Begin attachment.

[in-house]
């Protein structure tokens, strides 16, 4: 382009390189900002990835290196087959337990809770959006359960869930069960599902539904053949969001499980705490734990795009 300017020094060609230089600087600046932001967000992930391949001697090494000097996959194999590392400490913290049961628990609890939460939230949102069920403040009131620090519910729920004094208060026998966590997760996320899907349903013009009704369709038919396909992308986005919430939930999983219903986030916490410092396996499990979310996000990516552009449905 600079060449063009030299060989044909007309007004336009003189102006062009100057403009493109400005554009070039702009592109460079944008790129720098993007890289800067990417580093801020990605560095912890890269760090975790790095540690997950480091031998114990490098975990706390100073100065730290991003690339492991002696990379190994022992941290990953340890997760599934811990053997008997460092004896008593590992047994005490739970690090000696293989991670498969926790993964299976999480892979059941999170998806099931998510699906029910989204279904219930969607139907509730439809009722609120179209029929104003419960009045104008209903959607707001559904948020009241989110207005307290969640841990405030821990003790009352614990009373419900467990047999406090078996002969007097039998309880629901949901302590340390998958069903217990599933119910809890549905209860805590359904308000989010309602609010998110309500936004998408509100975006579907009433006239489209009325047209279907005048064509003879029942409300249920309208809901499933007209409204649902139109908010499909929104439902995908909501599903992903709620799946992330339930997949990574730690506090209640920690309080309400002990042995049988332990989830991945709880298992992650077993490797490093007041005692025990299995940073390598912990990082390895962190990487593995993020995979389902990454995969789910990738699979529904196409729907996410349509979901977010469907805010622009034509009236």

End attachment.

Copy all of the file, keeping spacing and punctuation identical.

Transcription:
[in-house]
């Protein structure tokens, strides 16, 4: 382009390189900002990835290196087959337990809770959006359960869930069960599902539904053949969001499980705490734990795009 300017020094060609230089600087600046932001967000992930391949001697090494000097996959194999590392400490913290049961628990609890939460939230949102069920403040009131620090519910729920004094208060026998966590997760996320899907349903013009009704369709038919396909992308986005919430939930999983219903986030916490410092396996499990979310996000990516552009449905 600079060449063009030299060989044909007309007004336009003189102006062009100057403009493109400005554009070039702009592109460079944008790129720098993007890289800067990417580093801020990605560095912890890269760090975790790095540690997950480091031998114990490098975990706390100073100065730290991003690339492991002696990379190994022992941290990953340890997760599934811990053997008997460092004896008593590992047994005490739970690090000696293989991670498969926790993964299976999480892979059941999170998806099931998510699906029910989204279904219930969607139907509730439809009722609120179209029929104003419960009045104008209903959607707001559904948020009241989110207005307290969640841990405030821990003790009352614990009373419900467990047999406090078996002969007097039998309880629901949901302590340390998958069903217990599933119910809890549905209860805590359904308000989010309602609010998110309500936004998408509100975006579907009433006239489209009325047209279907005048064509003879029942409300249920309208809901499933007209409204649902139109908010499909929104439902995908909501599903992903709620799946992330339930997949990574730690506090209640920690309080309400002990042995049988332990989830991945709880298992992650077993490797490093007041005692025990299995940073390598912990990082390895962190990487593995993020995979389902990454995969789910990738699979529904196409729907996410349509979901977010469907805010622009034509009236």